We have different responsibilities. The student and the teacher have different responsibilities. The student doesn't have to give up being the teacher. The student has to give up being the student and become the teacher. The teacher has to give up being the teacher and become the student. So you have different things to give up in order to realize justice, and ultimately to realize equality. But temporarily we don't have equality, but how do we justly work with the inequalities in a way that really seems wholesome, gentle, upright, flexible, and so on. This is the ongoing work. To recognize the inequalities in Buddhist organizations, Buddhist communities, student-teacher relationship, and try to find justice and peace in the relationship by inviting people to look at whether the way we're doing it is really helping everybody.


So is the way we're doing this class helping everybody? And if not, please give feedback. I'm going to say this with love and respect. But as teacher, and you kind of felt like there was an invitation to say this, there were a couple of times where I thought that you had maybe stifled the participation of someone here, or a couple of people here. And I know, I can't say I know your intention, but I think as a teacher, and I know as a teacher myself, there is that power differential. And there is sometimes a track that I can be on of trying to either maintain control or whatever reason. I think we're, as teachers, vulnerable to being unjust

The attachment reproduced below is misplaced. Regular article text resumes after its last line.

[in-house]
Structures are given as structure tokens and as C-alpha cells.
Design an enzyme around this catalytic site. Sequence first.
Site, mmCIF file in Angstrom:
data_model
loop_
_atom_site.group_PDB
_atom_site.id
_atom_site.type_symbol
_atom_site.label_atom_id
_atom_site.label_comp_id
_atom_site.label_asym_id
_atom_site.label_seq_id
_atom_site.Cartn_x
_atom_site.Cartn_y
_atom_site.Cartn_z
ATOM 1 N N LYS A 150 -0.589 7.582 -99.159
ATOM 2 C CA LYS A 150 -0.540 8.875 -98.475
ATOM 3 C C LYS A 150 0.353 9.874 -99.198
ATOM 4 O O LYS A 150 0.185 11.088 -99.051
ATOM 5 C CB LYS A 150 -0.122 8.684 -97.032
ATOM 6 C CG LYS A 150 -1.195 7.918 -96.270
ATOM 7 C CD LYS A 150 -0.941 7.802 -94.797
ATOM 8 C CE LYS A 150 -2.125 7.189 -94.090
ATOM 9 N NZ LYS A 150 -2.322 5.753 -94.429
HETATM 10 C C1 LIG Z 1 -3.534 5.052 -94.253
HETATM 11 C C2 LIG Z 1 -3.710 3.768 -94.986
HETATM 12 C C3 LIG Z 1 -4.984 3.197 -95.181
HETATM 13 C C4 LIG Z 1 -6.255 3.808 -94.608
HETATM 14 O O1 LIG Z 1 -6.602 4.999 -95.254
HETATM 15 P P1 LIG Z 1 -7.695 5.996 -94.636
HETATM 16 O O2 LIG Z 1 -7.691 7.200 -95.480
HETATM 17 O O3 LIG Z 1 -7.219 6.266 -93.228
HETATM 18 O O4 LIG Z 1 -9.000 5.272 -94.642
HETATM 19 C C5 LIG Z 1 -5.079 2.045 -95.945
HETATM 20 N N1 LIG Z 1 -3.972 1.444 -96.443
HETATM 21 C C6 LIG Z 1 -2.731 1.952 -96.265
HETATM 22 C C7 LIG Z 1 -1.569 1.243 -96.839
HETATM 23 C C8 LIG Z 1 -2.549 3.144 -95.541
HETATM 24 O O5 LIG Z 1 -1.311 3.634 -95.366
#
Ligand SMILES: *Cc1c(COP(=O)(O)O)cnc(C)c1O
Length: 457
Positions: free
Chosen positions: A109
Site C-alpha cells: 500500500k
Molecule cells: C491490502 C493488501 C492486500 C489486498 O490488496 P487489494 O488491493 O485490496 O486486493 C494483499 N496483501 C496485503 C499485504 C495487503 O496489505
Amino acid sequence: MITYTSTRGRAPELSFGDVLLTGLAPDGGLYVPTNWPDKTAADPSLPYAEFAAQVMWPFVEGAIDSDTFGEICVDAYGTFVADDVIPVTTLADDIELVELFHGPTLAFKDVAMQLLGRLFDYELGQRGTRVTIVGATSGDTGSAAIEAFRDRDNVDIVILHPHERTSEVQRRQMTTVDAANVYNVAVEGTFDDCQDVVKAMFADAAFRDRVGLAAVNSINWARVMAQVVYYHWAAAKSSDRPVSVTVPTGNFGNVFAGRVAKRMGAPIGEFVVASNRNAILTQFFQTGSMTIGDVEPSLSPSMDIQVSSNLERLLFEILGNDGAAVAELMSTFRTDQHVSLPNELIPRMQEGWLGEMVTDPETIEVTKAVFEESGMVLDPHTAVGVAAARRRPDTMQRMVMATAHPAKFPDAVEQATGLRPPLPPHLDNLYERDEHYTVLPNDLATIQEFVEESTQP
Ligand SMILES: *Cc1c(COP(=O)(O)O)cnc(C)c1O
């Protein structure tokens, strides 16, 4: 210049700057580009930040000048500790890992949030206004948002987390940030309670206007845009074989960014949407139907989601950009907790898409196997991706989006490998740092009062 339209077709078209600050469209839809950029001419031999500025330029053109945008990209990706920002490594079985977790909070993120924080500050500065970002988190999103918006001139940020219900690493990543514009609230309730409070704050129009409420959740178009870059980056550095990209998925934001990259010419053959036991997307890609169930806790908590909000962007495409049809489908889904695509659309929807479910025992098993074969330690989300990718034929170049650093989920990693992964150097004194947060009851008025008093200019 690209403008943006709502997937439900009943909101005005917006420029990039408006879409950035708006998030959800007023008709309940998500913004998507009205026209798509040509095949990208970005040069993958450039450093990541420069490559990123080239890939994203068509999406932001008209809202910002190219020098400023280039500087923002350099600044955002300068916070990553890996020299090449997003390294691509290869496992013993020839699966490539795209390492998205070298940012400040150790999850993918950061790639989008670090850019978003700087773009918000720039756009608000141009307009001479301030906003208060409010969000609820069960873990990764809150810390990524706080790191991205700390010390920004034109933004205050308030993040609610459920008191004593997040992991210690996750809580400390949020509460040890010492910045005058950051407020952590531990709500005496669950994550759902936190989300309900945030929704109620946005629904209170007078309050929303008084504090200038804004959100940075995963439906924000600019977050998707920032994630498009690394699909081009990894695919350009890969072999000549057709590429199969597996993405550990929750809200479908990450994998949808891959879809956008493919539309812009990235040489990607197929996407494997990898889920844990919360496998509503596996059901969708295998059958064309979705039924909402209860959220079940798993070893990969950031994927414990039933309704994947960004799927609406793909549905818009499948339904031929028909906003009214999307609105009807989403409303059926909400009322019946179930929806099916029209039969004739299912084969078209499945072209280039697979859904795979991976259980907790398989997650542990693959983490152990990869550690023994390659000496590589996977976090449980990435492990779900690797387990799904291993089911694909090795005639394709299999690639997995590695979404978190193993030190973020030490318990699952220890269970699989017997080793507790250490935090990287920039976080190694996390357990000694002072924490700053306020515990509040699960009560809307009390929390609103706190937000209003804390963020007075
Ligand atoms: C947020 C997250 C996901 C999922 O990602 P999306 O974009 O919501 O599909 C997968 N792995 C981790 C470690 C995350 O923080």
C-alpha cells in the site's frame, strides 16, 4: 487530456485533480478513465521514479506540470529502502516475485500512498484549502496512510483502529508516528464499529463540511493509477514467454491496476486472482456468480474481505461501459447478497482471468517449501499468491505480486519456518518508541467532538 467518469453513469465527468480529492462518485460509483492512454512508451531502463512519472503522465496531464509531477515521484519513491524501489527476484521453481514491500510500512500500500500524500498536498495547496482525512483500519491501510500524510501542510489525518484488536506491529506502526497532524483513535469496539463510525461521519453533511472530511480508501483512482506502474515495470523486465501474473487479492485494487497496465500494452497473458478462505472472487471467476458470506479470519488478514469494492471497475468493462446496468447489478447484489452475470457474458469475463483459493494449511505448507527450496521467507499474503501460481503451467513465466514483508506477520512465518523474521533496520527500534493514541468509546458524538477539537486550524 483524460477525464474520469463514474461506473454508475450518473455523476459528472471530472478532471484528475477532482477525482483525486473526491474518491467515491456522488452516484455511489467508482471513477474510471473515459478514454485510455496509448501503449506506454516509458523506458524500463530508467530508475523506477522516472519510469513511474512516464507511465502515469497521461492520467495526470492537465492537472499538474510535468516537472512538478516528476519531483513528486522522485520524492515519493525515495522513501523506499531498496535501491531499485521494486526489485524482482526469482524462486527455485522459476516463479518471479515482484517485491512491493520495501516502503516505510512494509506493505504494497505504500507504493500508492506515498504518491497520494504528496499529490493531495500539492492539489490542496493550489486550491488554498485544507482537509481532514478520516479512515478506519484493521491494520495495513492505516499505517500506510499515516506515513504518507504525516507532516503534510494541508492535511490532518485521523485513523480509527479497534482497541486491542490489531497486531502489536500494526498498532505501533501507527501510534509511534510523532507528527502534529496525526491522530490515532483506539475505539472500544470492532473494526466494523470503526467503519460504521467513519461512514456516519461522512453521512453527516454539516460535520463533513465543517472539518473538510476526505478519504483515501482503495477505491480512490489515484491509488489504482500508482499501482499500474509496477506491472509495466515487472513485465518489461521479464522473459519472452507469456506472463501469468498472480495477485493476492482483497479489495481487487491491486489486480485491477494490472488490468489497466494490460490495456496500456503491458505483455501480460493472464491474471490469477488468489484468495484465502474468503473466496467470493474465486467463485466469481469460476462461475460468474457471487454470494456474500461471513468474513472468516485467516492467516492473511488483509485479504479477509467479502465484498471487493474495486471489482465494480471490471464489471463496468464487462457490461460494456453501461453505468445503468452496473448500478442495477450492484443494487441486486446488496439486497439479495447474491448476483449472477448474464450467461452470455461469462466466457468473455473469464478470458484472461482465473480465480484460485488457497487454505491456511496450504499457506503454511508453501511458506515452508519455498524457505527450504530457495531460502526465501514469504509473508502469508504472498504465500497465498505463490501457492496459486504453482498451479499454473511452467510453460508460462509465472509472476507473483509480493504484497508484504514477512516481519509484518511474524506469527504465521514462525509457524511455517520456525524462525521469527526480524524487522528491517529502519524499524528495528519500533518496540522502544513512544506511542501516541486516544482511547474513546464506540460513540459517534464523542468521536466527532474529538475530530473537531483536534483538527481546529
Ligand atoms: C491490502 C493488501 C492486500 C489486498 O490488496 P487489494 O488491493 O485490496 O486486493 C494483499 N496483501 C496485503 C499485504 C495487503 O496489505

or not valuing somebody in a particular moment, a point of view or someone's participation. And I think opening that discussion up, especially as a teacher, and as prominent as you are in the same communities, that's part of the investigation for me, is that power differential is real. And I think it makes people vulnerable to unjust behavior in particular moments. Well, I invite you, in cases where you feel some injustice, or if you feel some stifling is going on, or if you feel like there's lack of respect for someone's contribution, to bring it up.


If you see it sort of at the time and say, now I'm feeling some lack of respect in that, or lack of appreciation in that. And do you feel that? Teacher, do you feel that? And then, I welcome that kind of on-the-spot questioning. Do you think that would be good? I think that would be great. I appreciate that, and I think why sometimes injustice continues, is that, you know, like in that case, I was too fearful to bring it up at the time. For however power is attributed to you, or whatever power means, it feels like it exists on some level. It feels substantial. So it's hard to be that open. Right. So there might be some fear, even though I asked for feedback, there might be some fear that if you gave it still,